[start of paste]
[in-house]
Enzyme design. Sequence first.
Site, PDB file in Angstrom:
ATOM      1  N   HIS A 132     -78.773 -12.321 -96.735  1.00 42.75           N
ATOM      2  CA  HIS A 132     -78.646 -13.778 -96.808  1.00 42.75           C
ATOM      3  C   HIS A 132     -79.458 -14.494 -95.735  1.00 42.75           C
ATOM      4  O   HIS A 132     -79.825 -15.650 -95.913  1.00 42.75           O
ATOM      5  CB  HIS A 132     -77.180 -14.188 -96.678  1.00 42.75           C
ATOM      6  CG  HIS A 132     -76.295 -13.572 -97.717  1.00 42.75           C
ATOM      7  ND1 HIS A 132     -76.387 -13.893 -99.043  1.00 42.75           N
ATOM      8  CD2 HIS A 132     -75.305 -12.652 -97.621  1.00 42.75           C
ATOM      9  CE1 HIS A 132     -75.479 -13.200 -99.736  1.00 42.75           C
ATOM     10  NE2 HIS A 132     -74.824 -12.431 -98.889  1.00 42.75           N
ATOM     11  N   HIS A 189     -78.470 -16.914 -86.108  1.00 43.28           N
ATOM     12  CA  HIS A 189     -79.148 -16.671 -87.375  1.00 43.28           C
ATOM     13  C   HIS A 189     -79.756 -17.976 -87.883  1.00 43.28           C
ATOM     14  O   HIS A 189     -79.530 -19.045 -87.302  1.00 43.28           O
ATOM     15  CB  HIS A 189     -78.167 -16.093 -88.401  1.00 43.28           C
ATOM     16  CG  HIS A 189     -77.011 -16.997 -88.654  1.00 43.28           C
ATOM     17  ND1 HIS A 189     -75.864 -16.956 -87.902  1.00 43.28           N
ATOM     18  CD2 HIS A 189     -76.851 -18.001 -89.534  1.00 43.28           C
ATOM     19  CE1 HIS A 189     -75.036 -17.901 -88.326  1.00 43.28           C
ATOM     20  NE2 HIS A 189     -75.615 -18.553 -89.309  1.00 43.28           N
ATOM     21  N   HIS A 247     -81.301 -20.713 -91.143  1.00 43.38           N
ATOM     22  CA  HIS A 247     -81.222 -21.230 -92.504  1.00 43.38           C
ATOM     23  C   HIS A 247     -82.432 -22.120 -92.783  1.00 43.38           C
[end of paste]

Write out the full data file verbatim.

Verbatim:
[in-house]
Enzyme design. Sequence first.
Site, PDB file in Angstrom:
ATOM      1  N   HIS A 132     -78.773 -12.321 -96.735  1.00 42.75           N
ATOM      2  CA  HIS A 132     -78.646 -13.778 -96.808  1.00 42.75           C
ATOM      3  C   HIS A 132     -79.458 -14.494 -95.735  1.00 42.75           C
ATOM      4  O   HIS A 132     -79.825 -15.650 -95.913  1.00 42.75           O
ATOM      5  CB  HIS A 132     -77.180 -14.188 -96.678  1.00 42.75           C
ATOM      6  CG  HIS A 132     -76.295 -13.572 -97.717  1.00 42.75           C
ATOM      7  ND1 HIS A 132     -76.387 -13.893 -99.043  1.00 42.75           N
ATOM      8  CD2 HIS A 132     -75.305 -12.652 -97.621  1.00 42.75           C
ATOM      9  CE1 HIS A 132     -75.479 -13.200 -99.736  1.00 42.75           C
ATOM     10  NE2 HIS A 132     -74.824 -12.431 -98.889  1.00 42.75           N
ATOM     11  N   HIS A 189     -78.470 -16.914 -86.108  1.00 43.28           N
ATOM     12  CA  HIS A 189     -79.148 -16.671 -87.375  1.00 43.28           C
ATOM     13  C   HIS A 189     -79.756 -17.976 -87.883  1.00 43.28           C
ATOM     14  O   HIS A 189     -79.530 -19.045 -87.302  1.00 43.28           O
ATOM     15  CB  HIS A 189     -78.167 -16.093 -88.401  1.00 43.28           C
ATOM     16  CG  HIS A 189     -77.011 -16.997 -88.654  1.00 43.28           C
ATOM     17  ND1 HIS A 189     -75.864 -16.956 -87.902  1.00 43.28           N
ATOM     18  CD2 HIS A 189     -76.851 -18.001 -89.534  1.00 43.28           C
ATOM     19  CE1 HIS A 189     -75.036 -17.901 -88.326  1.00 43.28           C
ATOM     20  NE2 HIS A 189     -75.615 -18.553 -89.309  1.00 43.28           N
ATOM     21  N   HIS A 247     -81.301 -20.713 -91.143  1.00 43.38           N
ATOM     22  CA  HIS A 247     -81.222 -21.230 -92.504  1.00 43.38           C
ATOM     23  C   HIS A 247     -82.432 -22.120 -92.783  1.00 43.38           C